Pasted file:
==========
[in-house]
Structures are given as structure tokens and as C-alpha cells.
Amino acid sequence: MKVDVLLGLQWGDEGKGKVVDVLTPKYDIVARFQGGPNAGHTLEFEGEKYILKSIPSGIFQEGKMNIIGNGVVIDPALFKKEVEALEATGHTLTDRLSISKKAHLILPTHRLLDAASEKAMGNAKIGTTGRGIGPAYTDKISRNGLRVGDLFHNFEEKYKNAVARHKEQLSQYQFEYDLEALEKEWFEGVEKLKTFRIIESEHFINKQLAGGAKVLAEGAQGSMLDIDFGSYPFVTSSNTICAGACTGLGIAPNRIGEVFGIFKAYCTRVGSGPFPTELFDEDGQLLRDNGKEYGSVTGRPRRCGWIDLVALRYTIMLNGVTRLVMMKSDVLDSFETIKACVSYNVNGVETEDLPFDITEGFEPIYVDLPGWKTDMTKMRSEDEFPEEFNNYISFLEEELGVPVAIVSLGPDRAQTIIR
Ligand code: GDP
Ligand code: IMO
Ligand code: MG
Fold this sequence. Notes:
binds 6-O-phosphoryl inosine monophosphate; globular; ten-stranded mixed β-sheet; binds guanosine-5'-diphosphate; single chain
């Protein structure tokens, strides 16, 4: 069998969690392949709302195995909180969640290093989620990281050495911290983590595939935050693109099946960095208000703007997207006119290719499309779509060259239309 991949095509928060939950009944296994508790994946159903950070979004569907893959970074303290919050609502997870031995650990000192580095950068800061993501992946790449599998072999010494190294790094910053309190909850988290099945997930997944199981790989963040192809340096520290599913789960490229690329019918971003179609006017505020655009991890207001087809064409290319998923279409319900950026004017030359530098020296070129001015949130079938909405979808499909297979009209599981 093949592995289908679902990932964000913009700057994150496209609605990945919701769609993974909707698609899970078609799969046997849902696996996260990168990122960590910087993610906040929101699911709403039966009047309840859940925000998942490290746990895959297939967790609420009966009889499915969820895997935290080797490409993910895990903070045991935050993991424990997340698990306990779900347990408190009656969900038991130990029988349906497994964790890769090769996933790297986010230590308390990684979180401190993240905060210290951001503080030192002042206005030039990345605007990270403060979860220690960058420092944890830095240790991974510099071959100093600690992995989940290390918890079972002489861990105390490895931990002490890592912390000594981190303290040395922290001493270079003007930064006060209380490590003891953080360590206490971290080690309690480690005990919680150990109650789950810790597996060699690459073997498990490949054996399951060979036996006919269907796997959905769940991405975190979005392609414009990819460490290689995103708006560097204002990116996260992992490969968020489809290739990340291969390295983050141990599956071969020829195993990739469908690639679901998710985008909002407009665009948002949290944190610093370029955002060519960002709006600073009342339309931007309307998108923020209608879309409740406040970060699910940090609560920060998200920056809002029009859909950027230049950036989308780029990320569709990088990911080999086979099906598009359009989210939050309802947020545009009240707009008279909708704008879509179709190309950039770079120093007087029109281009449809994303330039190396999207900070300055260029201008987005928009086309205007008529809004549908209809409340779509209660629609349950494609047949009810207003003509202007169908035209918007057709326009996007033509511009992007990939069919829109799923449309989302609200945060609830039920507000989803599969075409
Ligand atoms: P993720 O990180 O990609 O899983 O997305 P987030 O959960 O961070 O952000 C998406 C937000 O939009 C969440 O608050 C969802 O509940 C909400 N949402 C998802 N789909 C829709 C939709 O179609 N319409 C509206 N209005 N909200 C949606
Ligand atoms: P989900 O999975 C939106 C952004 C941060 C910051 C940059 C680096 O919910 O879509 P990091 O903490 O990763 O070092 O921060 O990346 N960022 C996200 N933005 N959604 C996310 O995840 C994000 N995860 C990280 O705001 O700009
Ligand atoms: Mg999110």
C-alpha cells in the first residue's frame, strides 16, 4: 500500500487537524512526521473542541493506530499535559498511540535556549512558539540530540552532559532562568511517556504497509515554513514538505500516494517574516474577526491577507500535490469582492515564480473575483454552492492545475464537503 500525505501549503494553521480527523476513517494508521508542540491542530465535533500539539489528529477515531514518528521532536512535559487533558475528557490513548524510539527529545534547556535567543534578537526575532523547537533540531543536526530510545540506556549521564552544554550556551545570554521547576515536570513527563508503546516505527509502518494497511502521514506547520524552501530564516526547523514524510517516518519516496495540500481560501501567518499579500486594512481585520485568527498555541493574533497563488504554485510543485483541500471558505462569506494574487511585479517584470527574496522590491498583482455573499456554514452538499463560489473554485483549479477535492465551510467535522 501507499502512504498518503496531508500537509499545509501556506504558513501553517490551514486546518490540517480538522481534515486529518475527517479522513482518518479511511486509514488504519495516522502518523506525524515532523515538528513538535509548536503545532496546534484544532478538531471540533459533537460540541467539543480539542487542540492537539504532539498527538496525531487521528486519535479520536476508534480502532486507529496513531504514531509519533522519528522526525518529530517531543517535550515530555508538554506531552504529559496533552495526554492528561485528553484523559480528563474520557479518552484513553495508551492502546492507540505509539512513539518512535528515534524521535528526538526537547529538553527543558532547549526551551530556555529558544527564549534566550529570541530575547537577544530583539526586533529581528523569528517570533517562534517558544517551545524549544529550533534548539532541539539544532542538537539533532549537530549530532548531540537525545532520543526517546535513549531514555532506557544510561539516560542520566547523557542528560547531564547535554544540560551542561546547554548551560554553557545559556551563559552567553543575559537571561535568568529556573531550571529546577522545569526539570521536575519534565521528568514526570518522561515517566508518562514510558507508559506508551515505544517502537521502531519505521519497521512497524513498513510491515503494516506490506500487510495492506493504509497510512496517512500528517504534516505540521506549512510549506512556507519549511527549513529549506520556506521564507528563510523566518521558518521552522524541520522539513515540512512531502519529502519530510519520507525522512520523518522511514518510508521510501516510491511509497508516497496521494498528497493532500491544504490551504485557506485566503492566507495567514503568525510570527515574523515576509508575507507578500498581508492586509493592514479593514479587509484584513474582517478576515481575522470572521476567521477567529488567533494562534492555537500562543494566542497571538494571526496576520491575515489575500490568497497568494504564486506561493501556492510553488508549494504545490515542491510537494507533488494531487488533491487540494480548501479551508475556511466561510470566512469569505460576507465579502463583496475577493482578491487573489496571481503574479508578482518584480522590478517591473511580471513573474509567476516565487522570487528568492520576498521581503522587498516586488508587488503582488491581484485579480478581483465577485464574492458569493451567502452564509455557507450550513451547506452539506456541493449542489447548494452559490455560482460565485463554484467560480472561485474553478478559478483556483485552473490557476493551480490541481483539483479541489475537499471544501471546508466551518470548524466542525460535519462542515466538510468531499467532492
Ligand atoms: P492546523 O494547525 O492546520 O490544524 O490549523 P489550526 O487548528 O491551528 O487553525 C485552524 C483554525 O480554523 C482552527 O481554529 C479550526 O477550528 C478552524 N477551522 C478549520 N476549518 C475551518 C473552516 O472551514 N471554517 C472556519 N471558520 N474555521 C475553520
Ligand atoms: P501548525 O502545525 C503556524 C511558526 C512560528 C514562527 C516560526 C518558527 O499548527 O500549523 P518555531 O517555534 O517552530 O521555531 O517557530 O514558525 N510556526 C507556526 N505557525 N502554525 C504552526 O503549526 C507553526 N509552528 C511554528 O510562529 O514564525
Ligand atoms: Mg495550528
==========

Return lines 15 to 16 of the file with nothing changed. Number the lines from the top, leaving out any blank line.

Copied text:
Ligand atoms: P501548525 O502545525 C503556524 C511558526 C512560528 C514562527 C516560526 C518558527 O499548527 O500549523 P518555531 O517555534 O517552530 O521555531 O517557530 O514558525 N510556526 C507556526 N505557525 N502554525 C504552526 O503549526 C507553526 N509552528 C511554528 O510562529 O514564525
Ligand atoms: Mg495550528